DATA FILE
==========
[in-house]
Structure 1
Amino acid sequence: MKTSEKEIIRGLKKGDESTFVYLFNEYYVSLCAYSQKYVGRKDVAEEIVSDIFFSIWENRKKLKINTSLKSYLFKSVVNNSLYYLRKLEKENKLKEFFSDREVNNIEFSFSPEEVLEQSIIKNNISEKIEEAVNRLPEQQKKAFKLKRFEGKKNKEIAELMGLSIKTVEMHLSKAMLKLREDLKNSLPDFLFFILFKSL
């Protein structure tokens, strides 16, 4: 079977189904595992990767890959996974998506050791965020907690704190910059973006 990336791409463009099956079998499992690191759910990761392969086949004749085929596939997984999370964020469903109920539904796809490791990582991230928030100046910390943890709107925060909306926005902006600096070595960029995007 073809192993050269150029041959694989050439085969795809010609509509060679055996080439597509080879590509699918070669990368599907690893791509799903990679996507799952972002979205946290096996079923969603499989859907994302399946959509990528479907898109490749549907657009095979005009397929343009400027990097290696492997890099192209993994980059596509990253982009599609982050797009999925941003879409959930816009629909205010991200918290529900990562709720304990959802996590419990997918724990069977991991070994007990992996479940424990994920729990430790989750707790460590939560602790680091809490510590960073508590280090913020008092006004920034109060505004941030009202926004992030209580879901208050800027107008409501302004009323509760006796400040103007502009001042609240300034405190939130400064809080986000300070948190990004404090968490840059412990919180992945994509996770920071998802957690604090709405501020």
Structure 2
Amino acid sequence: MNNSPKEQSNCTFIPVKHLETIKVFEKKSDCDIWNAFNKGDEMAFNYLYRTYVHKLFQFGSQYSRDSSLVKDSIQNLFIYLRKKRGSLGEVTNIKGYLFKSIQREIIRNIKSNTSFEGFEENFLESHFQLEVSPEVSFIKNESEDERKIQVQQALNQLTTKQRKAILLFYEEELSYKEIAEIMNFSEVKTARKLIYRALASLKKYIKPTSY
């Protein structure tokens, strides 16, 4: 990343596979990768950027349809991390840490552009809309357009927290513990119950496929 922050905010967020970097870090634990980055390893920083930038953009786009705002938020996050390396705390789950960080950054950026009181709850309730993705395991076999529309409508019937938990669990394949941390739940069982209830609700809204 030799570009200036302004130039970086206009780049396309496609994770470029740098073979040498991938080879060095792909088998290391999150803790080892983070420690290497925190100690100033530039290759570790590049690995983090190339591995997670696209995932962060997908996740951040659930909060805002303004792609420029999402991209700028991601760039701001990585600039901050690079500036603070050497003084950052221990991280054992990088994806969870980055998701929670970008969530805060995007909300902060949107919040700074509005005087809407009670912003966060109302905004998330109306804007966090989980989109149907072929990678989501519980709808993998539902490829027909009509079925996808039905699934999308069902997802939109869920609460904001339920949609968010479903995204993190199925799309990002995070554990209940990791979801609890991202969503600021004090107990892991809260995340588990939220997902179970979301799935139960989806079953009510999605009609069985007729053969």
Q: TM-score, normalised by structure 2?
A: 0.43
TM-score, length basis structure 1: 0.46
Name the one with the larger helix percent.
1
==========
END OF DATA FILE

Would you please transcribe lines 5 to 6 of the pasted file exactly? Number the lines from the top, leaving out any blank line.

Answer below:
Structure 2
Amino acid sequence: MNNSPKEQSNCTFIPVKHLETIKVFEKKSDCDIWNAFNKGDEMAFNYLYRTYVHKLFQFGSQYSRDSSLVKDSIQNLFIYLRKKRGSLGEVTNIKGYLFKSIQREIIRNIKSNTSFEGFEENFLESHFQLEVSPEVSFIKNESEDERKIQVQQALNQLTTKQRKAILLFYEEELSYKEIAEIMNFSEVKTARKLIYRALASLKKYIKPTSY